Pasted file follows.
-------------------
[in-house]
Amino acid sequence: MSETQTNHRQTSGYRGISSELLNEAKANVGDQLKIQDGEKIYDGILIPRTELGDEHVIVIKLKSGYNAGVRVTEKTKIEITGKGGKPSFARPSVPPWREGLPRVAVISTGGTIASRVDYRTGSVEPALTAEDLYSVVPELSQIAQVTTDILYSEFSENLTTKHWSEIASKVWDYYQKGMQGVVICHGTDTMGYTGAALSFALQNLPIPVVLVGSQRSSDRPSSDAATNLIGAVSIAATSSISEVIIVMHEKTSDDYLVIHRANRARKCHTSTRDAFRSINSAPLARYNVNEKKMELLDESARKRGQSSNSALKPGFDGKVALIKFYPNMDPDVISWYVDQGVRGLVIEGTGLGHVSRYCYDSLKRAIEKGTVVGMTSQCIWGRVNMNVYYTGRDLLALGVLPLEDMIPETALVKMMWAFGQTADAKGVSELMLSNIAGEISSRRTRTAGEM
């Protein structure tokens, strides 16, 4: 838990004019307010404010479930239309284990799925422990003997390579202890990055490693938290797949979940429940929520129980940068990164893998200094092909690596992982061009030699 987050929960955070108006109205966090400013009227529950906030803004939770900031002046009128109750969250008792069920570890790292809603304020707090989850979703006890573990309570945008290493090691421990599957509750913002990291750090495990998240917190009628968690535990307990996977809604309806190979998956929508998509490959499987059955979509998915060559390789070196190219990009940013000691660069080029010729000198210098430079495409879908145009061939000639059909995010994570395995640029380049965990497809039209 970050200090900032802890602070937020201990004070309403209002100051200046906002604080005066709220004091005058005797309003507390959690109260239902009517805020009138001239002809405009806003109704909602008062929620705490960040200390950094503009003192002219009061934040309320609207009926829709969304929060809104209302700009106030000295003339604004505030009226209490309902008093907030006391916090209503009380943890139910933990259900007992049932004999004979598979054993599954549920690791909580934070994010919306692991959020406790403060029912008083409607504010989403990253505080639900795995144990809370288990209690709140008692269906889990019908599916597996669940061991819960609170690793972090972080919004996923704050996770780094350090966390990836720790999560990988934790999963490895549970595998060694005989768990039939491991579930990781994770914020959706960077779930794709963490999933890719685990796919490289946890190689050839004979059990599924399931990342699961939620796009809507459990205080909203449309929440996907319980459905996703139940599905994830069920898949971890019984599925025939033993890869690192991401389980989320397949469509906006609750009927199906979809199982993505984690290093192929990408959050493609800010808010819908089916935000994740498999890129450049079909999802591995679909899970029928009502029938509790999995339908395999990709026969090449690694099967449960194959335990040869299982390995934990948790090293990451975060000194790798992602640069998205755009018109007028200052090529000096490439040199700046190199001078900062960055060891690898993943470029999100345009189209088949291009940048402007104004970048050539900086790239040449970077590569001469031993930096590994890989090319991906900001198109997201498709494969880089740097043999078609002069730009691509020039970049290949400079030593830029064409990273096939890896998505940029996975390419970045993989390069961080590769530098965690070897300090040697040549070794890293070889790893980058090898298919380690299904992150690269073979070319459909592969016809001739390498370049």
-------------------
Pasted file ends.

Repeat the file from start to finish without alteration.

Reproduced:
[in-house]
Amino acid sequence: MSETQTNHRQTSGYRGISSELLNEAKANVGDQLKIQDGEKIYDGILIPRTELGDEHVIVIKLKSGYNAGVRVTEKTKIEITGKGGKPSFARPSVPPWREGLPRVAVISTGGTIASRVDYRTGSVEPALTAEDLYSVVPELSQIAQVTTDILYSEFSENLTTKHWSEIASKVWDYYQKGMQGVVICHGTDTMGYTGAALSFALQNLPIPVVLVGSQRSSDRPSSDAATNLIGAVSIAATSSISEVIIVMHEKTSDDYLVIHRANRARKCHTSTRDAFRSINSAPLARYNVNEKKMELLDESARKRGQSSNSALKPGFDGKVALIKFYPNMDPDVISWYVDQGVRGLVIEGTGLGHVSRYCYDSLKRAIEKGTVVGMTSQCIWGRVNMNVYYTGRDLLALGVLPLEDMIPETALVKMMWAFGQTADAKGVSELMLSNIAGEISSRRTRTAGEM
């Protein structure tokens, strides 16, 4: 838990004019307010404010479930239309284990799925422990003997390579202890990055490693938290797949979940429940929520129980940068990164893998200094092909690596992982061009030699 987050929960955070108006109205966090400013009227529950906030803004939770900031002046009128109750969250008792069920570890790292809603304020707090989850979703006890573990309570945008290493090691421990599957509750913002990291750090495990998240917190009628968690535990307990996977809604309806190979998956929508998509490959499987059955979509998915060559390789070196190219990009940013000691660069080029010729000198210098430079495409879908145009061939000639059909995010994570395995640029380049965990497809039209 970050200090900032802890602070937020201990004070309403209002100051200046906002604080005066709220004091005058005797309003507390959690109260239902009517805020009138001239002809405009806003109704909602008062929620705490960040200390950094503009003192002219009061934040309320609207009926829709969304929060809104209302700009106030000295003339604004505030009226209490309902008093907030006391916090209503009380943890139910933990259900007992049932004999004979598979054993599954549920690791909580934070994010919306692991959020406790403060029912008083409607504010989403990253505080639900795995144990809370288990209690709140008692269906889990019908599916597996669940061991819960609170690793972090972080919004996923704050996770780094350090966390990836720790999560990988934790999963490895549970595998060694005989768990039939491991579930990781994770914020959706960077779930794709963490999933890719685990796919490289946890190689050839004979059990599924399931990342699961939620796009809507459990205080909203449309929440996907319980459905996703139940599905994830069920898949971890019984599925025939033993890869690192991401389980989320397949469509906006609750009927199906979809199982993505984690290093192929990408959050493609800010808010819908089916935000994740498999890129450049079909999802591995679909899970029928009502029938509790999995339908395999990709026969090449690694099967449960194959335990040869299982390995934990948790090293990451975060000194790798992602640069998205755009018109007028200052090529000096490439040199700046190199001078900062960055060891690898993943470029999100345009189209088949291009940048402007104004970048050539900086790239040449970077590569001469031993930096590994890989090319991906900001198109997201498709494969880089740097043999078609002069730009691509020039970049290949400079030593830029064409990273096939890896998505940029996975390419970045993989390069961080590769530098965690070897300090040697040549070794890293070889790893980058090898298919380690299904992150690269073979070319459909592969016809001739390498370049």